Tag Archives: Homepages

Writing for online

Earlier this year I presented a lecture about ‘Writing for online’ at the University of Lincoln. This is the next step on from ‘Tips for blogging and tweeting’ and looks more specifically at how websites for newspapers and magazines work.

Design is important to consider for newspaper and magazine layout, and the same applies to their websites. It’s a useful tool to attract readers, demonstrate that you are a trustworthy source of information and get people picking up your publication or visiting your title again.


Print publications have a front page whereas online you have a homepage. They both act as a welcome page to your publication and should encourage people to read on as well as demonstrating the main points of your brand. All that means is when people look at it they should understand who you are writing for and what you are writing about.


Online homepages used to be the first page people would visit, but more readers are now coming in through the side door. This means more people are discovering articles through Google searches or social media. As a result every page now has to act as a homepage to attract readers and keep them interested.

Homepages are also important for advertising as it gives them something polished to show what your title is about, even if the rest of the website isn’t as organised. One good example of this is The Huffington Post. They use a tactic called ‘the mullet strategy‘ which means they are an established name because they cover serious stories but most people visit them for their lighter, viral stories. It’s called ‘the mullet strategy’ because they are “business upfront, party in the back”.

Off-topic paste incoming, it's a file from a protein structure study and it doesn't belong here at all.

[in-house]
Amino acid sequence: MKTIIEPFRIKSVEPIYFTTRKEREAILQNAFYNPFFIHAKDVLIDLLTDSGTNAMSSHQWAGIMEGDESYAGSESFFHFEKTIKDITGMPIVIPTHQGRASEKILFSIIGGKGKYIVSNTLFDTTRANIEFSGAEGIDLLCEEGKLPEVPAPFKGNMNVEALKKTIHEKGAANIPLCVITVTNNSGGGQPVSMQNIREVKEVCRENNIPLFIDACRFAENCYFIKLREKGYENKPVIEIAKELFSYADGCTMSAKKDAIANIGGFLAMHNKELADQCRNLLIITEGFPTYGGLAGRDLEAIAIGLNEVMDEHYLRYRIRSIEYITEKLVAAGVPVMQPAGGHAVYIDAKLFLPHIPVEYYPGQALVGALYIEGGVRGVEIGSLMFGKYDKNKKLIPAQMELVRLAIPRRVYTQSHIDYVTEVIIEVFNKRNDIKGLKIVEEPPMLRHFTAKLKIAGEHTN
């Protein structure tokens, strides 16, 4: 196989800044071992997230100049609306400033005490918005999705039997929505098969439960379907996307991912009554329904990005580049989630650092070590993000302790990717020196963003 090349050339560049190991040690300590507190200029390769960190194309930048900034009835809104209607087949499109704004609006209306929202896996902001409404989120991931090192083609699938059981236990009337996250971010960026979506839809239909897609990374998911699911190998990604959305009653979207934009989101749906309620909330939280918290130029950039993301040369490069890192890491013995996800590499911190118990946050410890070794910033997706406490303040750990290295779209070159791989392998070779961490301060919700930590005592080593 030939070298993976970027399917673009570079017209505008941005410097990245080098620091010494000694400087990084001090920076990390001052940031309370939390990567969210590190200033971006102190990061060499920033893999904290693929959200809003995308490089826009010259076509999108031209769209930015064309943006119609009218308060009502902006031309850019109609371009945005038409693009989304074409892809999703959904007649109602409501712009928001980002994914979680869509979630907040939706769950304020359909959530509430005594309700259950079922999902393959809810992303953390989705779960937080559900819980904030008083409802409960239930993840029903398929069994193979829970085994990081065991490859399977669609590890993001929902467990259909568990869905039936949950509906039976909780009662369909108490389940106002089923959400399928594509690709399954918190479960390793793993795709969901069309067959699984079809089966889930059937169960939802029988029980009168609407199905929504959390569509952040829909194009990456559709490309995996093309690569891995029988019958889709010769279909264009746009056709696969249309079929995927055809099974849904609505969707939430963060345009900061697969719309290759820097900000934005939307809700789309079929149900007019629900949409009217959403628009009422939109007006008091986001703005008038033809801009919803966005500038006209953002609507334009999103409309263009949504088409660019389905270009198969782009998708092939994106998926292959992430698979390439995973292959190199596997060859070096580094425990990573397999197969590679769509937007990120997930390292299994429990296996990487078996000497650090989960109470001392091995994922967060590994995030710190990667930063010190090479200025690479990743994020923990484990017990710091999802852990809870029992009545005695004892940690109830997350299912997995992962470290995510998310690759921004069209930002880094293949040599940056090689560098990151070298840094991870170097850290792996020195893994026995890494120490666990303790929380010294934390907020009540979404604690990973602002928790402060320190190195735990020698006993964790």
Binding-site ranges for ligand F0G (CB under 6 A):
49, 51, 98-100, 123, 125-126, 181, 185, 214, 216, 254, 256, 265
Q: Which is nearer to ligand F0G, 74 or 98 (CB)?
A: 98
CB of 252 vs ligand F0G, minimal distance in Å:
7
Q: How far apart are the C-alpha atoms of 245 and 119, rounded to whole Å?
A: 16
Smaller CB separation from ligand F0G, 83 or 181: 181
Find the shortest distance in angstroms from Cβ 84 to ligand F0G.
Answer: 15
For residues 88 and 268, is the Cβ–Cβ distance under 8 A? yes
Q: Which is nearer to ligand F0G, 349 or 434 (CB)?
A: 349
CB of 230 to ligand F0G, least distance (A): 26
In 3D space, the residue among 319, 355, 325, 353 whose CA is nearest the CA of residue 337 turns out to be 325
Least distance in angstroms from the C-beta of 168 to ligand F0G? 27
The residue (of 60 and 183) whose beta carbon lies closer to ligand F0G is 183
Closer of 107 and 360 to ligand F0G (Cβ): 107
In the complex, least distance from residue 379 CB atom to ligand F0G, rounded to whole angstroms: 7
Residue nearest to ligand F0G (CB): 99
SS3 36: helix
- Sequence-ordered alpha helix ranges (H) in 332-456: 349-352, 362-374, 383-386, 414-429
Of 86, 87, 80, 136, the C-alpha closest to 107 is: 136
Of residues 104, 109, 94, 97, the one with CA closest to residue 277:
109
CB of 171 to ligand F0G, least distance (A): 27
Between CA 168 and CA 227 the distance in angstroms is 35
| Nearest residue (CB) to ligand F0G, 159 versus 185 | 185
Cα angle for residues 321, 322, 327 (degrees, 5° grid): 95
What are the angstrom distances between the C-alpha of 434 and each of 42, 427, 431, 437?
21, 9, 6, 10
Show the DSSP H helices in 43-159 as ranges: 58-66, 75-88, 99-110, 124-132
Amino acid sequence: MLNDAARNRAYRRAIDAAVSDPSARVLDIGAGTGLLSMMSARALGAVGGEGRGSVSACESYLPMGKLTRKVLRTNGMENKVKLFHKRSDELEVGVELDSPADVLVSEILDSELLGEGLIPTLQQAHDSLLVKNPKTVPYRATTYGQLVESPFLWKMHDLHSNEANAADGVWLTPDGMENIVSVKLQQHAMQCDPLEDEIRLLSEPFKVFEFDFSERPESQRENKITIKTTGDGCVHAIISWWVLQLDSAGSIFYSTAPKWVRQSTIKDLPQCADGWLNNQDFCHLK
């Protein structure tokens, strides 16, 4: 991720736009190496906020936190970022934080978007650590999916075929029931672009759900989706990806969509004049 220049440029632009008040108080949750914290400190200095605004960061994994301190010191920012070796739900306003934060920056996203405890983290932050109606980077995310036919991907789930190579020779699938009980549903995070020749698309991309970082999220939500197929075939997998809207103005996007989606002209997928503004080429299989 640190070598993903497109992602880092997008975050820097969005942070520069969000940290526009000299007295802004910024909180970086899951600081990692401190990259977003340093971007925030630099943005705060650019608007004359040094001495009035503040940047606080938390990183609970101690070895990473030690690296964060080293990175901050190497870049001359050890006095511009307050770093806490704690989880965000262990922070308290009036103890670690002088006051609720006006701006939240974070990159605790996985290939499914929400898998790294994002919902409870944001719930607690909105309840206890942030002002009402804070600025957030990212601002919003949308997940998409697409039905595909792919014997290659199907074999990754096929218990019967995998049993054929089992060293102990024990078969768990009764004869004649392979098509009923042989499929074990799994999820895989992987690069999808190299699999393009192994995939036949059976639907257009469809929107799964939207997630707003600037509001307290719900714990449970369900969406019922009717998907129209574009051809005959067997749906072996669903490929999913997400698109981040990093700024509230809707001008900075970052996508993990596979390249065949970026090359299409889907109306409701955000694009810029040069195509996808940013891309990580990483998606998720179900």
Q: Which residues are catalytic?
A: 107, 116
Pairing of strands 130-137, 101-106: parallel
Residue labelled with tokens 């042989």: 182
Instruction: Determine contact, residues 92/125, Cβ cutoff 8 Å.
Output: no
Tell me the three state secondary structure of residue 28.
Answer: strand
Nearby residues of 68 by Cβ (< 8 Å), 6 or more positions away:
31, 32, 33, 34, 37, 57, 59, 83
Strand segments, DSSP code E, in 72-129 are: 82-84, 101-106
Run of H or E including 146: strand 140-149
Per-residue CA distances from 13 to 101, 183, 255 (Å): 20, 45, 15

What makes a good website?

A good website needs to be easy to read and use. This means you need to figure out what you want to showcase to readers and what you think is important for them to see. Then consider the best way to show that to them. Also consider ways to share content as that can help get your articles and website read by more people.

It also helps to understand the technical side of running a website. If your website is appearing broken then you will know how to fix it rather than wait for someone else to fix it and lose visitors. It also means you can be prepared, as your intention is to get more people looking at your website then you will know how you to cope when there is a large amount of traffic visiting your site.

A site for sore eyes

It is hard to keep people’s attention online as there is so much to compete with. There will be some people who will read articles properly from beginning to end and others who will just scan read pieces. So think of ways to make your site appeal to a variety of people with some simple design and journalism skills.

The easiest way is to make sure your content is interesting is to write good articles. Write well, get good interviews and make sure you tell it in the best way.